APT

As I mentioned in my last post I’ve been playing around with database interfaces. While doing this, I’ve discovered something new: APT, the annotation processing tool for Java. I’ve known for a while that it existed but only now have I discovered what the big deal is. APT. Kicks. Ass!

In the database interface for Java I’m working on, you specify the structure of a database through annotated interfaces, essentially the same way things work in DLINQ. For instance, a database called test containing two tables would be specified like this:

public @Database("test") interface ITestDatabase extends IDatabase {
public @Table IDataSet public @Table IDataSet orders();
}

Using this interface you can open a connection to an actual relational database and fetch the contents either directly (by calling the persons or orders method) or you can specify more complex queries through something more “magical” which I’ll describe later.

The thing is that there’s a lot of ways you can get these interfaces wrong. For instance, you must use interfaces, not classes. Database interfaces must extends IDatabase. The methods that correspond to tables must return a IDataSet of some sort. And so on.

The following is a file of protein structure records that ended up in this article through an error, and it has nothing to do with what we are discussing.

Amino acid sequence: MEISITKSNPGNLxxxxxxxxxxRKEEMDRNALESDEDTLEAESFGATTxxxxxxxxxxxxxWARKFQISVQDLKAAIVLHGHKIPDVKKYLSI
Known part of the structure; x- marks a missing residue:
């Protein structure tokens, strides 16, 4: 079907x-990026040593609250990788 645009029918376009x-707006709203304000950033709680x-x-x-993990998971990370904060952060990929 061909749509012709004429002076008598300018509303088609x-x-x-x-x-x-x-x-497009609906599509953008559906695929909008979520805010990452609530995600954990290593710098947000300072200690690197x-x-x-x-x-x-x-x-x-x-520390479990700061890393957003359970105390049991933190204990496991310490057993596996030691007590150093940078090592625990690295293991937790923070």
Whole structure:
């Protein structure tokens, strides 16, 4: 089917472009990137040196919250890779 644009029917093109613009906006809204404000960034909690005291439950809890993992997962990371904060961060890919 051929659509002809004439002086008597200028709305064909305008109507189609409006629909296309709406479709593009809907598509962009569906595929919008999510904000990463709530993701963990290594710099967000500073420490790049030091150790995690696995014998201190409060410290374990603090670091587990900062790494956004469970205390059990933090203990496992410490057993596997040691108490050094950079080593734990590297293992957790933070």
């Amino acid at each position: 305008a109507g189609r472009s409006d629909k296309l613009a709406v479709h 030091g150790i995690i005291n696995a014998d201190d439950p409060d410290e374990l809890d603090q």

I considered this to be a problem until I discovered the annotation processor framework. An annotation processor is essentially a compiler plugin that is given access to parts of the syntax tree during compilation. That can be used for all sorts of interesting things, including issuing errors and warnings. So I’ve created an annotation processor that you can plug into your compiler and then it will check that all database-related interfaces are well-formed, and it works beautifully.

To top it all off, the compiler in eclipse now supports APT. If you just configure it correctly, which is no more difficult than using an external library, you get custom checking right in eclipse:

Of course, as with all power tools, you have show a little restraint and not issue all sorts of lame warnings just because you can…

…even if it it’s so easy the code almost writes itself:

for (MethodDeclaration method : decl.getMethods()) {
if (method.getSimpleName().equals("foo")) {
env.getMessager().printError(method.getPosition(),
"Enought with the 'foo' methods already!");
}
]

I know this tool has been around for a while. Why has it taken me so long to discover how useful it is — has there been some kind of hype that I’ve missed?

And yes, I know I’ve misspelled “enough”.

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